Growing up as a twin my brother and I never had twin names. Mine is Todd and his is Mark. One time we asked our mom why we didn’t have twin sounding names, her response, thought tongue-in-cheek, was one we always remember and laugh at. She said when we we’re born she took one look at us and screamed “Oh My God!!” and they thought she said “Mark and Todd”. Once she awoke from the sheer fright, they had already put our names on the birth certificates and she didn’t want to have to go through the hassle of changing them.


    1. Odd spellings and names that are close to other names are also on my “do not” list. I have a similar problem to Kyler. I constantly have to tell people my name is not “Brooke.” Happened just two days ago. While they were looking at a button on my shirt with my name on it.

      Have fun, Kyler. It doesn’t get better!


    1. Oh man, that’s true. Heather does conjure up the wrong kind of image. There’s some great names in the Bible. Why doesn’t anyone name their kids Mahershalalhashbaz anymore?


  3. Love this post, being a Jennifer Williams has made me name obsessed too, with several similar rules. 😉 I love all your little girls’ names. Violet has always been a favorite of mine because of Willy Wonka & the Boxcar Children books.


  4. I really shouldn’t read your blog after watching D.Abbey, I just cry all the harder. I love your wife and girls and am glad to know the story of Elora. My eldest is named from the girl in Krull, Lyssa. Kirk (“like Captain” I always tell people on the phone who don’t know him) thought Lyssa was a beautiful name. She also gets alternate pronunciations from new people. The name Heather is perfectly sane, easy to spell and say. So glad I don’t have that challenge in my life. “Yonezawa” on the other hand…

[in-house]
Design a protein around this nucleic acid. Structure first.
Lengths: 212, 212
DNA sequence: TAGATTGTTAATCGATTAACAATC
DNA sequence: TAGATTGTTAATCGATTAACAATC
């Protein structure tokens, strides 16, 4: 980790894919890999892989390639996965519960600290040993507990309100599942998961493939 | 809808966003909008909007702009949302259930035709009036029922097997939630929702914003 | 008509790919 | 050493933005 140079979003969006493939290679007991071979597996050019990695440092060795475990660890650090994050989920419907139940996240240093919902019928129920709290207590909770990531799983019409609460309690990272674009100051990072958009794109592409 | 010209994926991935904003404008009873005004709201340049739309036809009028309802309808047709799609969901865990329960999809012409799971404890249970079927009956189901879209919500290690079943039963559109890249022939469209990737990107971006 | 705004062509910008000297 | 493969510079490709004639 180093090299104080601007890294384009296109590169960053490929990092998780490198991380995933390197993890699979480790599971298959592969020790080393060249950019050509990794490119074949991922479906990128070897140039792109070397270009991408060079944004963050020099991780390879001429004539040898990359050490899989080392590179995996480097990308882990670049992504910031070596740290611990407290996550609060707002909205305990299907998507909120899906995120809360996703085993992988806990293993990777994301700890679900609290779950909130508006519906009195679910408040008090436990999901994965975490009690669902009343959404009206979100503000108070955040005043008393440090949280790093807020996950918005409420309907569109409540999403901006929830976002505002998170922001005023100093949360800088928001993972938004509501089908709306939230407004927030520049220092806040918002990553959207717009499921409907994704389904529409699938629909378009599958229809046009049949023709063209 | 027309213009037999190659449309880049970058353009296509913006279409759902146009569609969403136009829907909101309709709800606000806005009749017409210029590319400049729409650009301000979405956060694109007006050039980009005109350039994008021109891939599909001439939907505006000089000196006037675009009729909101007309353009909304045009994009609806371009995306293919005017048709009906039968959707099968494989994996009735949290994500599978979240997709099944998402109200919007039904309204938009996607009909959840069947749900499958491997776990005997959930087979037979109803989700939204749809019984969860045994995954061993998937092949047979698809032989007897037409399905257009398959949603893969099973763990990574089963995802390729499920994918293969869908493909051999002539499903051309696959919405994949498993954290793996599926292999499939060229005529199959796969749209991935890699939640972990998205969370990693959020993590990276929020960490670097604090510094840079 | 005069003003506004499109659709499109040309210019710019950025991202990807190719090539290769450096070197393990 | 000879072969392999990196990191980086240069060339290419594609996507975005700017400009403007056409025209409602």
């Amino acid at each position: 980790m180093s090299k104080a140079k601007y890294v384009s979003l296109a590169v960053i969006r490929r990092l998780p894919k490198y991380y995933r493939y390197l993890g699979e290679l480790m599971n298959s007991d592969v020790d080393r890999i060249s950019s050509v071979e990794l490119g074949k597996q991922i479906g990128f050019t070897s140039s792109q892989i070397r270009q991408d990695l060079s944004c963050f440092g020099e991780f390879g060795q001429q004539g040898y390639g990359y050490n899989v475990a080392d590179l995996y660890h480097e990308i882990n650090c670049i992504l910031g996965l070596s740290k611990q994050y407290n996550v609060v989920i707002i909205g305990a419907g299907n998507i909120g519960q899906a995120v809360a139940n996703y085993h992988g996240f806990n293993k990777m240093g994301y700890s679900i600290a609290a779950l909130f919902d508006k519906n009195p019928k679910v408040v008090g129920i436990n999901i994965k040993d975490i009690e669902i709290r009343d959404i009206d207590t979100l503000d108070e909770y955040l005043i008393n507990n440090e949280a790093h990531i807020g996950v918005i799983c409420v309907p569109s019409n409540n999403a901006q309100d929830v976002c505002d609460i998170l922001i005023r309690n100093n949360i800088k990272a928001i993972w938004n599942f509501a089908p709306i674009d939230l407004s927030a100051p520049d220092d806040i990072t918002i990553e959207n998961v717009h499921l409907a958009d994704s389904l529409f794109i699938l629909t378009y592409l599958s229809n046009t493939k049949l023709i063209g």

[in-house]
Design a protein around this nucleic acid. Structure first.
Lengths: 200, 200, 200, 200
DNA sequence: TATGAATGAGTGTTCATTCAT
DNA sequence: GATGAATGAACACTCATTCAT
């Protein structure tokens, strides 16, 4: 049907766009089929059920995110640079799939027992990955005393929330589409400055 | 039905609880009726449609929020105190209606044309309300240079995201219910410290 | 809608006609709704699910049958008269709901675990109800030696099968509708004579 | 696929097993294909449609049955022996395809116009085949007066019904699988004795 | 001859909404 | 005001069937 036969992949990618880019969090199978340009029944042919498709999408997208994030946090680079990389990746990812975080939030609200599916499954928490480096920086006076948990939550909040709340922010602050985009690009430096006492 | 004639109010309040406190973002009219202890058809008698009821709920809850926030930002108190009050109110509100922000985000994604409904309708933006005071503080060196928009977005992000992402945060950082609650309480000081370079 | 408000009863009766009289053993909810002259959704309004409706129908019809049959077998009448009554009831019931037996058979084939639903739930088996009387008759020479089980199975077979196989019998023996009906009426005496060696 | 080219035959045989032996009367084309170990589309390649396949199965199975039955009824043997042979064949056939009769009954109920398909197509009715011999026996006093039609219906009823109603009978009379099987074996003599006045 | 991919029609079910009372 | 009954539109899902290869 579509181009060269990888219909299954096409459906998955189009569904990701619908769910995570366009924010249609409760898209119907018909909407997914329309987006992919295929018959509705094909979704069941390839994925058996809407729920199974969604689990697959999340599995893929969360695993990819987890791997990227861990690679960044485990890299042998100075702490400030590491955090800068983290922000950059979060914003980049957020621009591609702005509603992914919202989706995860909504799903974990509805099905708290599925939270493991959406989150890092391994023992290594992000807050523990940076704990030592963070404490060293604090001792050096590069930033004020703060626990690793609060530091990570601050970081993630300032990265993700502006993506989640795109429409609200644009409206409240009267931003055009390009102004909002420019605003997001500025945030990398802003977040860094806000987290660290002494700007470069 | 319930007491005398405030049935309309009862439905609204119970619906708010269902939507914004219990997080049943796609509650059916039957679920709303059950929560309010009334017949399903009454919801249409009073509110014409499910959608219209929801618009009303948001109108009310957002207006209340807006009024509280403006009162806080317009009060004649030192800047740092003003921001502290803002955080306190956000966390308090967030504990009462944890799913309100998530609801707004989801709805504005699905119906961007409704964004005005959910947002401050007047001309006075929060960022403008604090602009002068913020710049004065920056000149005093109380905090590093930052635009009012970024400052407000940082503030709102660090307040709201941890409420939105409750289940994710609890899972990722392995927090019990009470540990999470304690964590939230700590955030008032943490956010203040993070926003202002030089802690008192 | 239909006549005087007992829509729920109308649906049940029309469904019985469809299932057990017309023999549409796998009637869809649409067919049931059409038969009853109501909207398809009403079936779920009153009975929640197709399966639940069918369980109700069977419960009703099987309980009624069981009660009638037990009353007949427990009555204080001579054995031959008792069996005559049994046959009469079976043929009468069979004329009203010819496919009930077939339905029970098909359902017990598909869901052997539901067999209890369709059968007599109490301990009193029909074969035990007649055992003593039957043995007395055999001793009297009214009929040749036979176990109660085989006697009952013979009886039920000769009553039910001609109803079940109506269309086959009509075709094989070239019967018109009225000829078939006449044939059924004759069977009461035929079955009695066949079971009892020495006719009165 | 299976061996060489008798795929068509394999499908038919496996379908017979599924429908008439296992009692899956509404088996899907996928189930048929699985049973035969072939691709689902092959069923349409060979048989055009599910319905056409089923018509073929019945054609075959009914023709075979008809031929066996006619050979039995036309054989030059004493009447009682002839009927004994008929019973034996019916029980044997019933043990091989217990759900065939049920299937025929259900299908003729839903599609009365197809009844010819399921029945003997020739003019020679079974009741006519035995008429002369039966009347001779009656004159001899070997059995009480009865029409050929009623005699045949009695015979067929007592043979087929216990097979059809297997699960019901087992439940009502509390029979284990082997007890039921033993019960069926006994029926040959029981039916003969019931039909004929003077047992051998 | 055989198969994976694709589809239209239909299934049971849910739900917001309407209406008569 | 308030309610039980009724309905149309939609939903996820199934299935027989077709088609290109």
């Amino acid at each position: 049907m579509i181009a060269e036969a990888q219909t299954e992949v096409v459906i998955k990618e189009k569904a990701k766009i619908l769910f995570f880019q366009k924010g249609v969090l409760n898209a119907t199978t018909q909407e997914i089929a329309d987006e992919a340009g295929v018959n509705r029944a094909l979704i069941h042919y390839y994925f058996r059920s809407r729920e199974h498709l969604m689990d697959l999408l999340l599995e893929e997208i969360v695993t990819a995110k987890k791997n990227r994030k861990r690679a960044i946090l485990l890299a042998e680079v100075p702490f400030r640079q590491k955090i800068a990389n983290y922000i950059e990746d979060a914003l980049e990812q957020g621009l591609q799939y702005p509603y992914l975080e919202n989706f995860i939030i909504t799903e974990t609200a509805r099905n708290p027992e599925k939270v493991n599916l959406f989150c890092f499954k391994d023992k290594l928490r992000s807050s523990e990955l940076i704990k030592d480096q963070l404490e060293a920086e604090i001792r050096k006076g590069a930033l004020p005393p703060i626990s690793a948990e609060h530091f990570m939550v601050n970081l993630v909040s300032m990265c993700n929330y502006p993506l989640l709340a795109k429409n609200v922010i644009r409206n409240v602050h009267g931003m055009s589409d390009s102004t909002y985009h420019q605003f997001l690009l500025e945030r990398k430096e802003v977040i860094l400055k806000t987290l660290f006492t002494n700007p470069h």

1. Wasn’t D. Abbey good last night? I thought it was excellent.

      Yonezawa has got to be a pain in the butt. But Kirk lucked out. Kirk is an awesome and not well worn name.

      I admit it, I always pronounce Lyssa wrong. But it is a great name.


  5. Never heard the Violet story. Very cool. Also, I like your rules.

    As you know, Rich is Karen’s maiden name. But it’s also kind of cool to read the scriptures and realize there’s hardly any positive use of the word rich. Which means, we hope, that Rich will be the one making the jokes.


  6. We have similar rules about naming our kids… and picking a name is part of the fun. My husband really gets into it, but I can’t play along until I know the sex. We also had the no-nicknames rule, but this girl will have one. When she’s born, I’ll write a post explaining what Cate’s all about.

    Your girls are beautiful, and their names are equally so. I love names with stories behind them. And I agree with those who are “pro-Brock.” I’m glad you came around!


    1. Me too. Once you get past the name-calling, Brock is an awesome name. I can’t deny that.

      Count me as curious about Cate. Looking forward to that blog.